Recently, the local Half Price Books had a MASSIVE sale. Set to last 3 days, they held it in a nearby University’s sports arena. Everything was $2 or less! Books, movies, CDs and records, even some random gift type items… It was a huge mishmash of stuff they were clearing out of their warehouse. Apparently they do this every year. The expression, “kid in a candy store”, was exceptionally apt. I thought bringing my husband would curtail my binge but he walked out spending more than me!!! It was in DVDs mostly but still… He was no help. Haha!
For my shelves, I’m a bit odd. I love hardbacks (I blame my mom) and will search high and low and just plain wait until I can get my favorite books in it. However, I only keep a book if I love it and know that I’ll re-read it over and over and over again. So what ends up happening is this:
1) I will pick up whatever version I can find to test out the story.
2) If I love it, I’ll hunt down the hardback version and add it to my shelves. This is especially true for book series. My OCD won’t abide by mismatched books.
3) If it’s a “one and done”, I’ll donate it to the local library, hospital, or charity. Occasionally, I’ll save them for a yard sale (but I hate those so that rarely happens).
For example, these are bound for the ‘donate’ category…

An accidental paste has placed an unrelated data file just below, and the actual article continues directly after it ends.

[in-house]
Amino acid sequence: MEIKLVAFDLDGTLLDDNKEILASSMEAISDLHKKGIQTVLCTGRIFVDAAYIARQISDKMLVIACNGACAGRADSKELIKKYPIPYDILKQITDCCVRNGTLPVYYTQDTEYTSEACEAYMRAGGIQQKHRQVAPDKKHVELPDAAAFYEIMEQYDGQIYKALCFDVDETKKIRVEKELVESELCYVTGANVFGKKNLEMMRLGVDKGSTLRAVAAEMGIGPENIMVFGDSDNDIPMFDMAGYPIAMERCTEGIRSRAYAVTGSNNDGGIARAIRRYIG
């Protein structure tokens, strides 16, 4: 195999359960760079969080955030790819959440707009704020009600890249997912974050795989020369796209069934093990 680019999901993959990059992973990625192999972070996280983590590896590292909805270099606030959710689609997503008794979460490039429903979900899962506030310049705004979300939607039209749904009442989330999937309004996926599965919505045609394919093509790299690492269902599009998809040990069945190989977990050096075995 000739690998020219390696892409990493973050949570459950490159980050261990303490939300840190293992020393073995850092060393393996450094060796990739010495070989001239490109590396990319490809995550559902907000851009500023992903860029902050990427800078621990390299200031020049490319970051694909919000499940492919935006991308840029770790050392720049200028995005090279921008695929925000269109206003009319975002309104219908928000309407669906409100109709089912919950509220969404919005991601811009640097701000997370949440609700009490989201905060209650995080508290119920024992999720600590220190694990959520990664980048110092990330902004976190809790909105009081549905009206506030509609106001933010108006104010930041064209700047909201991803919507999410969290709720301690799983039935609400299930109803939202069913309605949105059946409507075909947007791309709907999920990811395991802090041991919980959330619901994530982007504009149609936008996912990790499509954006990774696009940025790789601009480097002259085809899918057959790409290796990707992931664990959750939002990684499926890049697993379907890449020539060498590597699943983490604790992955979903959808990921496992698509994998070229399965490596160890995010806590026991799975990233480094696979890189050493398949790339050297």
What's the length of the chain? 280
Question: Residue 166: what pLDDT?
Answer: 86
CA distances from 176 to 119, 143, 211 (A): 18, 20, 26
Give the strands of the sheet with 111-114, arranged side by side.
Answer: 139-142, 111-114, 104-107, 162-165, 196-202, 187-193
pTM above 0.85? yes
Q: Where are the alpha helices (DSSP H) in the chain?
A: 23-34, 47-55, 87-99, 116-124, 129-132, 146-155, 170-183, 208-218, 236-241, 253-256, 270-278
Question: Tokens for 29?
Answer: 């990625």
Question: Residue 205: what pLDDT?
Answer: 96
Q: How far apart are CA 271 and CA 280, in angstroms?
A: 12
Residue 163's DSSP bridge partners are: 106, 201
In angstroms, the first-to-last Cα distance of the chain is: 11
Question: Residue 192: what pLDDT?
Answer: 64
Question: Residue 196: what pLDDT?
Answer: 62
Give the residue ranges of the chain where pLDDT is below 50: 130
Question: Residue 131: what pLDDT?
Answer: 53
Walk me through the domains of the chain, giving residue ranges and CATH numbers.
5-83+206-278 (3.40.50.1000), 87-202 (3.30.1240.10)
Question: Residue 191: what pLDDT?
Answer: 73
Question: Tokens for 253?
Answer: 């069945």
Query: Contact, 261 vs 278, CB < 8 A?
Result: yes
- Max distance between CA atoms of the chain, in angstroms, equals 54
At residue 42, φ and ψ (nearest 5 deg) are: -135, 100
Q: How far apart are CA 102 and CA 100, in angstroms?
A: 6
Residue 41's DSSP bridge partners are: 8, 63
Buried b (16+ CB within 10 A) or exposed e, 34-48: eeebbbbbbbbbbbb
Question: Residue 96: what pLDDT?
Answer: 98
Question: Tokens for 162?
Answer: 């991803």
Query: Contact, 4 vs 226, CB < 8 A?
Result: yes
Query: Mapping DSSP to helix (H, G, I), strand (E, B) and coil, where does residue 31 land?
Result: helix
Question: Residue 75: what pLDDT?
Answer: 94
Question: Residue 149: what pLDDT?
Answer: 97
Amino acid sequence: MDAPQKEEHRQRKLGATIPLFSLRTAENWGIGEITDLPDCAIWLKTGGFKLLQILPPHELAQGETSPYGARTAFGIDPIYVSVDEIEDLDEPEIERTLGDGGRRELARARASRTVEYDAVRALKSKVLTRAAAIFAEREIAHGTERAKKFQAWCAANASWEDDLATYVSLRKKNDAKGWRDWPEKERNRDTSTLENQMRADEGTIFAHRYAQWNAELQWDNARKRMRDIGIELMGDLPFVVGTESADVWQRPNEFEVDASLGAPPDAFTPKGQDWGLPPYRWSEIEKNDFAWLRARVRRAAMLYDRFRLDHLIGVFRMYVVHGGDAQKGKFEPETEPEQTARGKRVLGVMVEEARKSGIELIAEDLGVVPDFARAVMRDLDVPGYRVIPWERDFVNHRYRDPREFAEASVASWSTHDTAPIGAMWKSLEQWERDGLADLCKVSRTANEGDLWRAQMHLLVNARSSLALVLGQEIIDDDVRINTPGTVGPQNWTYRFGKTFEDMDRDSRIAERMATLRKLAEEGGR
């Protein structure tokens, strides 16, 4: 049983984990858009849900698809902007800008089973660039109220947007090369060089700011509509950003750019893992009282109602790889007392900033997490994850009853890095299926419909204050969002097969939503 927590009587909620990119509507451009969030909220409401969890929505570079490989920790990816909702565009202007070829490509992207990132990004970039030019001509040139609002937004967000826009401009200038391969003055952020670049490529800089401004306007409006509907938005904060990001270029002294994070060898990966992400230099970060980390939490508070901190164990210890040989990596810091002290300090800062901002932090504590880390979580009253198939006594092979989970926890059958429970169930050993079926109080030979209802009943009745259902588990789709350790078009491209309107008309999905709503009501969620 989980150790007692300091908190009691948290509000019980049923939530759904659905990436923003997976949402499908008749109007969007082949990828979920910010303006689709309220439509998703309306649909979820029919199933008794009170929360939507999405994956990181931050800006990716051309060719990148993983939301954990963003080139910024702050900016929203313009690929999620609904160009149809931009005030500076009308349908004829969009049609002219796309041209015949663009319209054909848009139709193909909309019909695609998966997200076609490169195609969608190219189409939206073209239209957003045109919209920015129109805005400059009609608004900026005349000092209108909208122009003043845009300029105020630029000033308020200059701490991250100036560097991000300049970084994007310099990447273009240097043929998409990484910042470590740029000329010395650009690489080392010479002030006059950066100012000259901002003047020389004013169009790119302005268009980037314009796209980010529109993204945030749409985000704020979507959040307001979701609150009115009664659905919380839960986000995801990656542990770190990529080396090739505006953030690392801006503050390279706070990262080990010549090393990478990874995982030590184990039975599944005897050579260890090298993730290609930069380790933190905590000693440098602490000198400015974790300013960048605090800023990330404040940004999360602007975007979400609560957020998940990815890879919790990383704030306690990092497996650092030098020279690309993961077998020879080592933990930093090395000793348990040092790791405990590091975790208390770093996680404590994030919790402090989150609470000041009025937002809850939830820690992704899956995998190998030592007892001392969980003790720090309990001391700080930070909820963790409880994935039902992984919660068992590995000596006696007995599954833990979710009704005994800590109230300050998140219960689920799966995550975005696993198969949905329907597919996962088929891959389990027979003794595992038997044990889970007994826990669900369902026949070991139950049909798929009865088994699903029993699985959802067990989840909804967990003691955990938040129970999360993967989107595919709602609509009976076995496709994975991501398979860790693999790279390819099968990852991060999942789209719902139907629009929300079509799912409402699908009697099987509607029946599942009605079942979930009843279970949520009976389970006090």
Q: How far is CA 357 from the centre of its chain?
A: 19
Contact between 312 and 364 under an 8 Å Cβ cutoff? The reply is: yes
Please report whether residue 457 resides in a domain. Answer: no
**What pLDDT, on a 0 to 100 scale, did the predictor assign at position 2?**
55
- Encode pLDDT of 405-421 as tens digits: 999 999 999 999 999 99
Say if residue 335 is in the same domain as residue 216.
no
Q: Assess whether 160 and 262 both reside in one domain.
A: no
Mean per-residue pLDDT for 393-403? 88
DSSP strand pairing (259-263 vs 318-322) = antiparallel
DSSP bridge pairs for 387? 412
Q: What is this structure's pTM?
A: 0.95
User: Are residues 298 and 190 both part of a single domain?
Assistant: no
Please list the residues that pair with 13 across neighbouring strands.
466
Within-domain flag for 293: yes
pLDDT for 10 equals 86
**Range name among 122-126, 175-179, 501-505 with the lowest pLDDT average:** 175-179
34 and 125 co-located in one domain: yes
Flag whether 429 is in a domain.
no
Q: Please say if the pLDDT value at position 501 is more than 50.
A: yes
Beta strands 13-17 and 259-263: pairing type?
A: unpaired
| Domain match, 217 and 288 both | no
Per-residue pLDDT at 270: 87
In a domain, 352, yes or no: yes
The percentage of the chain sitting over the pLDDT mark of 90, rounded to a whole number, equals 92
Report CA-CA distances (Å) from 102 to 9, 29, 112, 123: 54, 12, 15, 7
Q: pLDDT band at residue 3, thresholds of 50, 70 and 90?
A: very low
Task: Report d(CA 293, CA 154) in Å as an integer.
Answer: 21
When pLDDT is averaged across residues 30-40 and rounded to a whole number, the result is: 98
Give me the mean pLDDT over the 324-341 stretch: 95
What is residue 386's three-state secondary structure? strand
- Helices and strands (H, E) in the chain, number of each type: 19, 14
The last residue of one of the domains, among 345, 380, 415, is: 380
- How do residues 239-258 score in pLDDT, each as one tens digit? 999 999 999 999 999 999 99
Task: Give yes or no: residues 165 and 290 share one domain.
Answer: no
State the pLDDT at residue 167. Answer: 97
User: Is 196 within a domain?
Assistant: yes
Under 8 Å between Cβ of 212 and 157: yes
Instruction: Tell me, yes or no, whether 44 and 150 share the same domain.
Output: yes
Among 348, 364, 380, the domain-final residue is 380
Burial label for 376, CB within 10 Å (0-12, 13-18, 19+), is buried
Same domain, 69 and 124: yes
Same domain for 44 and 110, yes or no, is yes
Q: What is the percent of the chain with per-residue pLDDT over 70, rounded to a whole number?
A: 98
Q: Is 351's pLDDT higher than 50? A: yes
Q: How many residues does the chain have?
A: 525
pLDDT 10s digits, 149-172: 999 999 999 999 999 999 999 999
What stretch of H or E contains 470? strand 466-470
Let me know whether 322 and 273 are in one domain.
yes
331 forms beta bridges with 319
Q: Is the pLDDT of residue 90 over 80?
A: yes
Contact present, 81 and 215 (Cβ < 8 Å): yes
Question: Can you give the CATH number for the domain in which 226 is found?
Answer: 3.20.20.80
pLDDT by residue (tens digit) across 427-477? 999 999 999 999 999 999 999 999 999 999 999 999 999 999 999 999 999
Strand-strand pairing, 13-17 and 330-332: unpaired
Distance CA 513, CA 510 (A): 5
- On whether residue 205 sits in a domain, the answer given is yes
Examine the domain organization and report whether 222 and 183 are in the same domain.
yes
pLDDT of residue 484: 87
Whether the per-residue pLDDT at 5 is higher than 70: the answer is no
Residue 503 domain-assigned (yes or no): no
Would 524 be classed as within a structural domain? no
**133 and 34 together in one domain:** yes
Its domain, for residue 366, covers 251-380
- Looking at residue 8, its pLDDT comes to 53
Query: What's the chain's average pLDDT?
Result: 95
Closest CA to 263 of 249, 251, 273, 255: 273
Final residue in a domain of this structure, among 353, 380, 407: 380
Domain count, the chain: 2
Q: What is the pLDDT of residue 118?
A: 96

Again, I admit, I’m weird! Anyway, this sale I discovered was exceptionally fortuitous because I found 3 hardbacks I’d been looking for to replace to the cheap paperbacks. I also picked up these guys! (Descriptions are Top (L > R), Bottom (L > R))
For most of her life, sixteen-year-old Hattie Brooks has been shuttled from one distant relative to another. Tired of being Hattie Here-and-There, she summons the courage to leave Iowa and move all by herself to Vida, Montana, to prove up on her late uncle’s homestead claim.
Under the big sky, Hattie braves hard weather, hard times, a cantankerous cow, and her own hopeless hand at the cookstove. Her quest to make a home is championed by new neighbors Perilee Mueller, her German husband, and their children. For the first time in her life, Hattie feels part of a family, finding the strength to stand up against Traft Martin’s schemes to buy her out and against increasing pressure to be a “loyal” American at a time when anything—or anyone—German is suspect. Despite daily trials, Hattie continues to work her uncle’s claim until an unforeseen tragedy causes her to search her soul for the real meaning of home.
This young pioneer’s story is lovingly stitched together from Kirby Larson’s own family history and the sights, sounds, and scents of homesteading life.